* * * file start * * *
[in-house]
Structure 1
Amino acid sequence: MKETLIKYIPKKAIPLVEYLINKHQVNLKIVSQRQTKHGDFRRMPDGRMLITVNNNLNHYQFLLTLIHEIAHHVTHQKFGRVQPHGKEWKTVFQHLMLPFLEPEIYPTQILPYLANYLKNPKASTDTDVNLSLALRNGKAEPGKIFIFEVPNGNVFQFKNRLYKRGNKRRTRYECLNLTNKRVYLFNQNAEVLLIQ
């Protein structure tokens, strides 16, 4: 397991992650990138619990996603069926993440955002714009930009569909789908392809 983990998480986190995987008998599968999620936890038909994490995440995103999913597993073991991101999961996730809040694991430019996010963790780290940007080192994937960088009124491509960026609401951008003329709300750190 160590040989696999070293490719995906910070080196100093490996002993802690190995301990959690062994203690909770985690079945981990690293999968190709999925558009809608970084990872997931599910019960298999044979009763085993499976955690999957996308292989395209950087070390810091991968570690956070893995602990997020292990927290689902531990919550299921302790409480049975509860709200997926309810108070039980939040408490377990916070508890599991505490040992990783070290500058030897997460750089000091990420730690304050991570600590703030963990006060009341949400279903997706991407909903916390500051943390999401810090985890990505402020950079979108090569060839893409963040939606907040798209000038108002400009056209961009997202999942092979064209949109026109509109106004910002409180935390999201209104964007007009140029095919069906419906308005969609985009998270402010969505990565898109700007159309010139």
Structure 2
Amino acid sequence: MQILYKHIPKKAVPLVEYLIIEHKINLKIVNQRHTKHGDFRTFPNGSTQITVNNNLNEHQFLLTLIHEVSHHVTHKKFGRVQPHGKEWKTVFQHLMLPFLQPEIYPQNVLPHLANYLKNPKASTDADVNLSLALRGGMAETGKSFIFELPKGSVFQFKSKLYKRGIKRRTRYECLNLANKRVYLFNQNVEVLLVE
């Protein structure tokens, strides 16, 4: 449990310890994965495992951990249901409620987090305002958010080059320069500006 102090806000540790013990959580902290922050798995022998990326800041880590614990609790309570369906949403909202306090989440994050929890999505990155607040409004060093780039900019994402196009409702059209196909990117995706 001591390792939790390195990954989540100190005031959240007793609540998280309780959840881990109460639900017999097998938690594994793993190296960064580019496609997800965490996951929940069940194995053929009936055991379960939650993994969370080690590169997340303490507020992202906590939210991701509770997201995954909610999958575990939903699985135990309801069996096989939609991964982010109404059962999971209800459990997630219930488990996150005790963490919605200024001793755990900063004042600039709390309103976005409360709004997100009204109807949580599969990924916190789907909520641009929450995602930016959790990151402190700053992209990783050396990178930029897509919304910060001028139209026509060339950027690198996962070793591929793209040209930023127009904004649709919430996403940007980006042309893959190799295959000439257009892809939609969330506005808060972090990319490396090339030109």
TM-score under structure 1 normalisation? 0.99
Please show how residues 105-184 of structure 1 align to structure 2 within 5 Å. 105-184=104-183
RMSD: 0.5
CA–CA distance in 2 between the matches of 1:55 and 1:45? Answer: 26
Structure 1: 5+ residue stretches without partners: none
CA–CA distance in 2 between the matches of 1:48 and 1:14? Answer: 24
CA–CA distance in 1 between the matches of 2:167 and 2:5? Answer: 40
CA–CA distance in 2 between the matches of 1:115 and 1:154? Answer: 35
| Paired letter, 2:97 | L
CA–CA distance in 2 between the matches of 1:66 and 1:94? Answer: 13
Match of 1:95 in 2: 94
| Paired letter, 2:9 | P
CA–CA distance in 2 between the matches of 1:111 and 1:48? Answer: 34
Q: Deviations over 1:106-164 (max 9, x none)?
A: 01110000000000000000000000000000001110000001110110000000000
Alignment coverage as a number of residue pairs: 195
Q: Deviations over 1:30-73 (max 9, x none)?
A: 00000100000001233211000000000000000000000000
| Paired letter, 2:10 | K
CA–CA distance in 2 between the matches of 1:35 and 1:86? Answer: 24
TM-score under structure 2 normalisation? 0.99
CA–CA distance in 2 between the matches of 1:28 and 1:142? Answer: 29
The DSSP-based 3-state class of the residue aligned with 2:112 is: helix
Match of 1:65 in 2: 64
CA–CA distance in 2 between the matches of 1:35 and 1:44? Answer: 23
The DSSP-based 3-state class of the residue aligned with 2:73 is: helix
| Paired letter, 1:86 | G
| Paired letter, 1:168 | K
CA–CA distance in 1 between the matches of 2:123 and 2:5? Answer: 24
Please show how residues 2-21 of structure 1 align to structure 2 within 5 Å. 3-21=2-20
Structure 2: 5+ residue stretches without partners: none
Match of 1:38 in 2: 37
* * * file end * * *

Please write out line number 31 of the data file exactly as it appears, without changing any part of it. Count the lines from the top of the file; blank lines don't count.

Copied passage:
Match of 1:65 in 2: 64